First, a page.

FILM: The League of Bats (Ranking the Caped Crusader) - #5

I enjoyed Henry Cavill in Man of Steel.  There were several problematic moments with Jonathan Kent (Kevin Costner) surrounding "keeping his secret" and even Kent Sr's death but in Batman v Superman: Dawn of Justice, he's made peace with the man he wants to be... or at least, wants to try to be.  There's a lovely back and forth between the Last Son of Krypton and America (the Political Monster) in which they're all set to put sanctions on him because he operates outside of their authority; and though it's never mentioned you get the impression if he was willing to become the U.S.'s special weapon (ala The Dark Knight Returns) his problems would go away.
"Actually Chris Brown, she's gonna kick your ass... we're just here to watch."
The problem DC have been having with Superman is a simple one.  The best way to highlight it is to put he alongside Marvel's very own "Mr. USA" Captain America.  Where Steve Rogers can always remain a product of the 1920-1940s, a man out of time; in order for Superman to become cinematically relevant he needs to be updated to reflect the world in which he belongs.  The current incarnation of the Man of Steel is a little more cynical, and (dare I say) whiny than what most readers of Supe would be happy with.  Hopefully with the furthering of the DC cinematic universe and the increasing acceptance that these "individuals" are here to help, might free Clarke to become the beckon on hope his chest says he is.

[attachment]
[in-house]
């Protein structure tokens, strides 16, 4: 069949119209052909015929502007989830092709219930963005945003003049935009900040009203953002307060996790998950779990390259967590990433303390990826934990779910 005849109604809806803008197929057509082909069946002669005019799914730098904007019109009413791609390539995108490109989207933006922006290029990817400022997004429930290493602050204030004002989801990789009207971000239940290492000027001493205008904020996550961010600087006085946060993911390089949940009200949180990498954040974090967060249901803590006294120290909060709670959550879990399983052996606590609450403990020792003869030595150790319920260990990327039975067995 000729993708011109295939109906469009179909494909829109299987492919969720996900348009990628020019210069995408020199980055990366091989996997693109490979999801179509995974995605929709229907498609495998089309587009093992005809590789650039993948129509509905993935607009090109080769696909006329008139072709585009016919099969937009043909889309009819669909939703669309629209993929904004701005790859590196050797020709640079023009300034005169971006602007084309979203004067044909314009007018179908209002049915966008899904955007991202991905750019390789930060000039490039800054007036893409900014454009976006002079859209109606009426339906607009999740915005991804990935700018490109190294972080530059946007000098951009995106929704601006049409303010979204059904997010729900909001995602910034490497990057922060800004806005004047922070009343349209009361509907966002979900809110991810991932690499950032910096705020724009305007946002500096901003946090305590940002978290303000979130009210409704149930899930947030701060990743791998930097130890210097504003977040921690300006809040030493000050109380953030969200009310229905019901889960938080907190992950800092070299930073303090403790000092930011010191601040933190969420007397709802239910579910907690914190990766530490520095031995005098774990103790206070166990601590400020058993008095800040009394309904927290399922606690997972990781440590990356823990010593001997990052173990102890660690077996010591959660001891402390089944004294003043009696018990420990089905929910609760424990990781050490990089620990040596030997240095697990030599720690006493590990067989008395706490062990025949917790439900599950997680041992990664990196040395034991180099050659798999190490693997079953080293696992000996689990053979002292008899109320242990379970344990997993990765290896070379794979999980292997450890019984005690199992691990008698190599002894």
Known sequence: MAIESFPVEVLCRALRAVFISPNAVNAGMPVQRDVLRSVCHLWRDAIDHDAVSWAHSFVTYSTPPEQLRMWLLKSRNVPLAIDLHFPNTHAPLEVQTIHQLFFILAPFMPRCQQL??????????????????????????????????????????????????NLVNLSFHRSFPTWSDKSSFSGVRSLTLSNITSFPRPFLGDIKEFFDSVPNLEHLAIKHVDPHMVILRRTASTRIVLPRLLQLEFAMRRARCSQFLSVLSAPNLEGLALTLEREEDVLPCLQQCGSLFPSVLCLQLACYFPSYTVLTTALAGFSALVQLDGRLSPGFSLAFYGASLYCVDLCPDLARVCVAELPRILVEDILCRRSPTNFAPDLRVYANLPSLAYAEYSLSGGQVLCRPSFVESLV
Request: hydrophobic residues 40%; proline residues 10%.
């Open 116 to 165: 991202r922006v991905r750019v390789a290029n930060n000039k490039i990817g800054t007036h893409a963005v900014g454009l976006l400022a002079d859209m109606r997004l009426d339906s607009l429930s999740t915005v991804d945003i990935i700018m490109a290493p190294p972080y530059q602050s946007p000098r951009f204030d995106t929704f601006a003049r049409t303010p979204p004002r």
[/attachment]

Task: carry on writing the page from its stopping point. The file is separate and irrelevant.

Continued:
5. Batman (1989)
Michael Keaton || Batman

Some people might be surprised that Tim Burton's 1989 re-imagining of the Caped Crusader only just squeezes into the Top 5 but they shouldn't be.  For the most art I've been struggling over Batman (1989) and Batman: The Movie (1966). The truth of the matter is that 1989 edges out the Era of West because it opened the door to a "darker" interpretation of comic book cinema.  Without Batman we might not have had X-Men, Spider-Man (and 2), and even the Nolan Universe... but the truth of the matter is this is no more a Batman movie than I am.
You wanna get nuts?!
Tim Burton made it abundantly clear that he had little-to-no interest in Batman and it shows.  Our first encounter with Batman has him wait until the criminals had committed their crime before jumping down, knocking them about a bit, then introducing himself.  He doesn't stop the criminals, he doesn't even restrain the criminals until the cops arrive... he just pops in to say hello.  Nicholson is good but he's just Jack Nicholson in make-up.  I've more issues but who has the time...?

Heroes of Hollywood Boulevard is available on Amazon in paperback and on Amazon Kindle in the mass market "Stars & Bars" cover and an Amazon Exclusive "blank variant".

Stu Hogan is idolized by every child walking Hollywood Boulevard apart from his own.  Working the star-studded street as a Batman impersonator alongside good pal Brian (Superman) and steroid shooting Ricky (The Incredible Hulk), Stu's love of alcohol, gambling and strippers have left him behind with his alimony, down on his luck and looking for a quick fix for both.

Seeing an opportunity to change his circumstances, Stu enlists his fellow superheroes for a daring heist that has the impersonators fall short of their counterparts' lofty standards causing friendships to fracture and divisions to become deadly.

Click [here] for the FREE zero chapter.


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